This past week I sat down and started playing two games (because I’m greedy that way). The first game appeals to my programmer side. It’s a retro, hacking themed game that combines first person shooters with a TRON theme. The game is called Black Ice and everything about it feels like the game crawled out of either TRON or the film Hackers.
The concept of Black Ice is fairly simple. We walk around a map populated with buildings (servers) and right-click on servers we want to break into. Clicking on a server causes a bunch of baddies to pop up and attack us. We shoot the baddies and gain points for defeating the server. The concept is simple enough we can get by pretty easily without a tutorial and there is even a practice level available to let us get a feel for the controls.
The graphics in Black Ice are quite basic in a 1980s sort of way and I believe this is done intentionally to give us that authentic Hackers/TRON/C64 feel. The game gets us to move around with the keyboard and we aim and shoot at baddies with the mouse.
While I like the general concept and the retro feel, I suspect Black Ice works best as a multiplayer game. I only had a chance to play the single player campaign and (alas) had no one to either shoot with me or at me. The simple style and objectives of the game meant, for myself at any rate, that once I had “hacked” a few servers there wasn’t much else to hold my attention. I’d pick a server, wade into a crowd of baddies, fire wildly for a few seconds and it would be over. The game, while brilliantly easy to pick up and start playing, does not offer a single player much in the way of challenges. I think this is why the game has a multiplayer feature, to allow people to essentially extend the game with their own creativity. We are given maps, guns and baddies, but the real fun probably comes in the form of friendly competition between players.
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The other game I tried this week was the demo edition of Survivor Squad. Unlike Black Ice, where I was immediately intrigued by the concept, Survivor Squad had to work to win me over. I’m not a big fan of survival games or horror so anything with terms like “survivor”. “zombies” or “infected” tend to turn me away. That being said, I opted to give the game’s demo a try and settled in to see what it had to offer.
One thing which immediately caught my attention is that Survivor Squad does one thing differently than most survival games I have seen before. Many survival/horror games feature a first-person perspective (or closely third-person, looking over the character’s shoulder). I suspect this camera perspective is commonly used to both limit the player’s field of vision (more suspense) and to put the player more firmly into the character’s shoes (again, more suspense). Survivor Squad presents us with a top-down map, a bird’s eye view of the area. We then control our characters by left-clicking on them and right-clicking where we want them to go. This makes Survivor Squad feel more like a real-time strategy game than a member of the suspense/horror genre.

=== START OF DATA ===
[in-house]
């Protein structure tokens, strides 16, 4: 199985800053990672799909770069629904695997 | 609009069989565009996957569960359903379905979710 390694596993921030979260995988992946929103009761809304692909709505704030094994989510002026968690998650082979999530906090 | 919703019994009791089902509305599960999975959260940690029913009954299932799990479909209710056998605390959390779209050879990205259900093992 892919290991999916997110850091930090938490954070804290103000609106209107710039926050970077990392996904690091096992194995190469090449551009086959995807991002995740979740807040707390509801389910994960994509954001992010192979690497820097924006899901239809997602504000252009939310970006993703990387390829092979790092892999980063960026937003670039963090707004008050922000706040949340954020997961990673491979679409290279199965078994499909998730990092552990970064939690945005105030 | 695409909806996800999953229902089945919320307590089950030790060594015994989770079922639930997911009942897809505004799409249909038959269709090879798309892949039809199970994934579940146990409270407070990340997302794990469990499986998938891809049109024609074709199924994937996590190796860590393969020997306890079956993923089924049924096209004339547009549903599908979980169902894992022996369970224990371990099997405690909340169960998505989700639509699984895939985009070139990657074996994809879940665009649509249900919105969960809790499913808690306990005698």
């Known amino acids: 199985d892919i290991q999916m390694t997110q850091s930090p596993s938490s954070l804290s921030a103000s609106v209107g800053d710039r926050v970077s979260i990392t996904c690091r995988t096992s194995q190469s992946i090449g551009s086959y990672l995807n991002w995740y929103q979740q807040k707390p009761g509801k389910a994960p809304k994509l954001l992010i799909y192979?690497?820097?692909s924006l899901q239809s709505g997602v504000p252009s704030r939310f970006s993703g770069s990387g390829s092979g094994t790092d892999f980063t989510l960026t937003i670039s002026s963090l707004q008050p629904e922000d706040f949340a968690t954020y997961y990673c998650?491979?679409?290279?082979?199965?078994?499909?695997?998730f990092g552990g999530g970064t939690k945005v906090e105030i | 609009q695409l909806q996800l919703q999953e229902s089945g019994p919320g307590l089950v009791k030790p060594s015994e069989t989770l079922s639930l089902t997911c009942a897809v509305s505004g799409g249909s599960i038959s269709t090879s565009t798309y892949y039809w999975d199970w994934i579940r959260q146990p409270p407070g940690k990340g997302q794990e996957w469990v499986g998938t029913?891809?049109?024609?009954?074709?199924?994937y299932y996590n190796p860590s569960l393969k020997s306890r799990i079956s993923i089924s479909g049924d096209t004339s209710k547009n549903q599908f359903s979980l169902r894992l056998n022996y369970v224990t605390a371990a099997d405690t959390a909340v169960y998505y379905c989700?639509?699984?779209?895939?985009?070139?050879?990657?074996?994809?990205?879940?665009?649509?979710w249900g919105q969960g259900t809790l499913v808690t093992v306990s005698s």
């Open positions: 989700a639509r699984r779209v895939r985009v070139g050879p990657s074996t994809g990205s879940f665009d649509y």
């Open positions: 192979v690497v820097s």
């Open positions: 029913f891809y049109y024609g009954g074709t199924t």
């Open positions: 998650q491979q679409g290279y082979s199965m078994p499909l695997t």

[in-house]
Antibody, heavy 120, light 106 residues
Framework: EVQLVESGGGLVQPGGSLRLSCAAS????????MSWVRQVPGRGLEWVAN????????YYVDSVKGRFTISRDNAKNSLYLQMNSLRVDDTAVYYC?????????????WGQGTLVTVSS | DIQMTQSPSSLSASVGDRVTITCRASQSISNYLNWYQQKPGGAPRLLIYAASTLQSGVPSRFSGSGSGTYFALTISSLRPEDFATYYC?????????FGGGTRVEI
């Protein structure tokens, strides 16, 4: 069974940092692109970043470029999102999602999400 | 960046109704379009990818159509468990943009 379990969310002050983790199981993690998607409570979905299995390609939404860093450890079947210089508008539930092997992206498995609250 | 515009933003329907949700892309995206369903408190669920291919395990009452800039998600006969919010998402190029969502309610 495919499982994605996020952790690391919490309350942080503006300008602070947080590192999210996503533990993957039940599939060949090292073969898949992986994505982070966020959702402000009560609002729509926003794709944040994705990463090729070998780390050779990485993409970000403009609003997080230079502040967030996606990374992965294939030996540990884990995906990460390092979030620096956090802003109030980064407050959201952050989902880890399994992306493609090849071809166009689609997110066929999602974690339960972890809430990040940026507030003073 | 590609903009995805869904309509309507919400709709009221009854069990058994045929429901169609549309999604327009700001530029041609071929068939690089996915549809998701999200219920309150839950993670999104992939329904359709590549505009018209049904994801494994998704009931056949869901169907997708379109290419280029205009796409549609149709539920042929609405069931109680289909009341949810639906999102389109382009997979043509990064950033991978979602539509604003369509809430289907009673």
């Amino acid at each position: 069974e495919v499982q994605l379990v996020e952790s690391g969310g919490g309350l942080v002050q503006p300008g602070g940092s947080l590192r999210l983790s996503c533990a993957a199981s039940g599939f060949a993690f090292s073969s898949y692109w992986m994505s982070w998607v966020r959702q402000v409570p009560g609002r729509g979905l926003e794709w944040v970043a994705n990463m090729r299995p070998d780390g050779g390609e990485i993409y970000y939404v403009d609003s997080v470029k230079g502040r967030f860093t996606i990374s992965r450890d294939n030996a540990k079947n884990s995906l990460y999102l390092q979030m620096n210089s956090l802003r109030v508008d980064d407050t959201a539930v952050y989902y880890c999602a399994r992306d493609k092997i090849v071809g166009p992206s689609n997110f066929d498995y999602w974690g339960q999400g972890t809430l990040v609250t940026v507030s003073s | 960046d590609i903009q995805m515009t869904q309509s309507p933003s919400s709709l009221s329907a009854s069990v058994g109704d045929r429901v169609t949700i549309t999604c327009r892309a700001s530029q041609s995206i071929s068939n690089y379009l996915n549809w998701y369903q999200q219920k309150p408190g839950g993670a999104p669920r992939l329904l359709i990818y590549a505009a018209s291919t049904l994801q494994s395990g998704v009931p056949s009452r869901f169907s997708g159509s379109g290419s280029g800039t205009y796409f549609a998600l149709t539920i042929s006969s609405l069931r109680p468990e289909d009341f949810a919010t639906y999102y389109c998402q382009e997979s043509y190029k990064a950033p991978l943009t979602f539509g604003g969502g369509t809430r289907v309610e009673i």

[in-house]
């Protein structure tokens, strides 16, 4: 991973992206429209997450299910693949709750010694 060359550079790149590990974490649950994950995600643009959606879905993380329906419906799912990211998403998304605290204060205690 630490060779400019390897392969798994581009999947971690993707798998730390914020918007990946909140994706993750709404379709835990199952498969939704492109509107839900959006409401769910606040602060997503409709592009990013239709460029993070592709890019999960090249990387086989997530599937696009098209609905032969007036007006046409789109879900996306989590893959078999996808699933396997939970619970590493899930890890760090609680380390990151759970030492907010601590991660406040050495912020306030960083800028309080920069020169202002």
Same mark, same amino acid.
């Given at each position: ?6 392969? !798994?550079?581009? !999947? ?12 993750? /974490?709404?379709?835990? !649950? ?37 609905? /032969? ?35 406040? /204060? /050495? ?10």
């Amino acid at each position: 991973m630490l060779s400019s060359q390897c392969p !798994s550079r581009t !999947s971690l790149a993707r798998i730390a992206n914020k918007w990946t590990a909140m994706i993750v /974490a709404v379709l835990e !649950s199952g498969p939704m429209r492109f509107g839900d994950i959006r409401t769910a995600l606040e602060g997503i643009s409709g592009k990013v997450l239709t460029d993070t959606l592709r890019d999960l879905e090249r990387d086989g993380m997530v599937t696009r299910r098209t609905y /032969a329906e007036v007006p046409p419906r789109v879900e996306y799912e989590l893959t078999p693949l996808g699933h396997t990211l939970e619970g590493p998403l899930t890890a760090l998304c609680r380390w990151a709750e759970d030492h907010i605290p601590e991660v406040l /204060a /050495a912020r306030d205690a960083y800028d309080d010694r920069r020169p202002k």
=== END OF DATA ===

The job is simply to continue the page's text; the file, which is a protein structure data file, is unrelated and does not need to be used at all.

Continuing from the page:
When the game opens we are alone in the dark with a flashlight, wandering through a building that is empty (save for blood on the floors). In short order we meet a wandering infected creature (zombie) and an ally who shows us where to find weapons. From there the game basically starts introducing us to a series of new maps/buildings where we can go in, search for supplies and fight zombies. We amass more supplies, the zombies get more numerous and the game gets more intense.
Early on I struggled a bit to figure out the controls. It took a while before I got into the flow of moving my characters together, maximizing my field of vision with the flashlights. (The missions always seem to happen at night.) I also found I wasn’t sure some of the time if clicking on an enemy attacked it or not. Sometimes I seemed to make my characters shoot sooner and score kills, other times it seemed my efforts were wasted and the zombie would get into close melee combat with my characters. One other thing I wondered about was what caused the zombies to do one thing or another. Sometimes they seemed drawn to sound, other times they seemed to ignore me banging about. Once or twice it seemed a zombie was stalking the beam from my flashlight, but other times I could shine the light directly in front them and the zombies would ignore the light. So I sometimes struggled with the idea of whether zombie actions were random or not. Luckily the game’s difficulty curve is gentle enough we can take our time learning these things. The first few areas are basically practice arenas.
As I indicated above, I typically don’t go for the survival/suspense style of game play. However, the top-down, group organizing style of Survivor Squad appealed to me. I liked planning my routes, finding hidden supplies and trying to figure out whether I could tackle another group of infected creatures or if I should try to go around them. I made a lot of mistakes early on, but the game was politely forgiving and I ended up having fun with it.
Have an open source game you would like to see reviewed? E-mail me your suggestion at firstname.lastname@example.org